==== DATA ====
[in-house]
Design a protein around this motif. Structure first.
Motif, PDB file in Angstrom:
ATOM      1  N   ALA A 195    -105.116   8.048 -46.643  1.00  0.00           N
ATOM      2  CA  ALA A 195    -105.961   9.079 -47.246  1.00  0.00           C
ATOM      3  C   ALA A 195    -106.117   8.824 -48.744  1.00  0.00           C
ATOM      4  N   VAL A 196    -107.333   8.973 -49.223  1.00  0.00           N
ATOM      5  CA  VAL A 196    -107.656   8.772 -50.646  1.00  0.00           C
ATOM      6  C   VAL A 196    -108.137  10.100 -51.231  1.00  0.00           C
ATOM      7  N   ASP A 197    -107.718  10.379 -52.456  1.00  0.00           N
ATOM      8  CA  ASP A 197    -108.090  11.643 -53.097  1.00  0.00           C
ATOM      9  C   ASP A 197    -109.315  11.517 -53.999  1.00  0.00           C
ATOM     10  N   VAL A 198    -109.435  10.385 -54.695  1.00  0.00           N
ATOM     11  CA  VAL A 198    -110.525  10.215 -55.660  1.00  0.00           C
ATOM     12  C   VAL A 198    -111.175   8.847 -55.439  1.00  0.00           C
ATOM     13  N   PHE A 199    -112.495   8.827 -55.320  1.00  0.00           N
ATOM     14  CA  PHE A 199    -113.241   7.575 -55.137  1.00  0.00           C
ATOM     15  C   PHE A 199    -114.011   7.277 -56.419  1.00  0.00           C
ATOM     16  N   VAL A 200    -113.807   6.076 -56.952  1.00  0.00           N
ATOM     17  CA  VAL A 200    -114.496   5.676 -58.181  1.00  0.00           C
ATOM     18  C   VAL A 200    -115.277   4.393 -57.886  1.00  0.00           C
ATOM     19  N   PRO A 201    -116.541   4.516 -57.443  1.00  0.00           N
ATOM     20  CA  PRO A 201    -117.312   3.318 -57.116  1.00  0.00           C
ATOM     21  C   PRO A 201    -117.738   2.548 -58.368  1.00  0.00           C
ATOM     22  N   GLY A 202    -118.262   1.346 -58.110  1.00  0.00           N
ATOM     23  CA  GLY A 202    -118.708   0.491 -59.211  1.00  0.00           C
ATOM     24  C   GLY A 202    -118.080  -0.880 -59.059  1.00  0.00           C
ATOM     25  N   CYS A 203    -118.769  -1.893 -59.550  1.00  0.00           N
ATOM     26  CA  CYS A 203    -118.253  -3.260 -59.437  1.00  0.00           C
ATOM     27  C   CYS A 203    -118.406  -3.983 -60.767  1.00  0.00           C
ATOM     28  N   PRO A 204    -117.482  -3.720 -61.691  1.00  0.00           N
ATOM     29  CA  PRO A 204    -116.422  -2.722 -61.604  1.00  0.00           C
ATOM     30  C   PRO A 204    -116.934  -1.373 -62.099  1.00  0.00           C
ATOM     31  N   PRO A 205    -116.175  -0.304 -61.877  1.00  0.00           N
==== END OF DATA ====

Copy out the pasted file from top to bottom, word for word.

[in-house]
Design a protein around this motif. Structure first.
Motif, PDB file in Angstrom:
ATOM      1  N   ALA A 195    -105.116   8.048 -46.643  1.00  0.00           N
ATOM      2  CA  ALA A 195    -105.961   9.079 -47.246  1.00  0.00           C
ATOM      3  C   ALA A 195    -106.117   8.824 -48.744  1.00  0.00           C
ATOM      4  N   VAL A 196    -107.333   8.973 -49.223  1.00  0.00           N
ATOM      5  CA  VAL A 196    -107.656   8.772 -50.646  1.00  0.00           C
ATOM      6  C   VAL A 196    -108.137  10.100 -51.231  1.00  0.00           C
ATOM      7  N   ASP A 197    -107.718  10.379 -52.456  1.00  0.00           N
ATOM      8  CA  ASP A 197    -108.090  11.643 -53.097  1.00  0.00           C
ATOM      9  C   ASP A 197    -109.315  11.517 -53.999  1.00  0.00           C
ATOM     10  N   VAL A 198    -109.435  10.385 -54.695  1.00  0.00           N
ATOM     11  CA  VAL A 198    -110.525  10.215 -55.660  1.00  0.00           C
ATOM     12  C   VAL A 198    -111.175   8.847 -55.439  1.00  0.00           C
ATOM     13  N   PHE A 199    -112.495   8.827 -55.320  1.00  0.00           N
ATOM     14  CA  PHE A 199    -113.241   7.575 -55.137  1.00  0.00           C
ATOM     15  C   PHE A 199    -114.011   7.277 -56.419  1.00  0.00           C
ATOM     16  N   VAL A 200    -113.807   6.076 -56.952  1.00  0.00           N
ATOM     17  CA  VAL A 200    -114.496   5.676 -58.181  1.00  0.00           C
ATOM     18  C   VAL A 200    -115.277   4.393 -57.886  1.00  0.00           C
ATOM     19  N   PRO A 201    -116.541   4.516 -57.443  1.00  0.00           N
ATOM     20  CA  PRO A 201    -117.312   3.318 -57.116  1.00  0.00           C
ATOM     21  C   PRO A 201    -117.738   2.548 -58.368  1.00  0.00           C
ATOM     22  N   GLY A 202    -118.262   1.346 -58.110  1.00  0.00           N
ATOM     23  CA  GLY A 202    -118.708   0.491 -59.211  1.00  0.00           C
ATOM     24  C   GLY A 202    -118.080  -0.880 -59.059  1.00  0.00           C
ATOM     25  N   CYS A 203    -118.769  -1.893 -59.550  1.00  0.00           N
ATOM     26  CA  CYS A 203    -118.253  -3.260 -59.437  1.00  0.00           C
ATOM     27  C   CYS A 203    -118.406  -3.983 -60.767  1.00  0.00           C
ATOM     28  N   PRO A 204    -117.482  -3.720 -61.691  1.00  0.00           N
ATOM     29  CA  PRO A 204    -116.422  -2.722 -61.604  1.00  0.00           C
ATOM     30  C   PRO A 204    -116.934  -1.373 -62.099  1.00  0.00           C
ATOM     31  N   PRO A 205    -116.175  -0.304 -61.877  1.00  0.00           N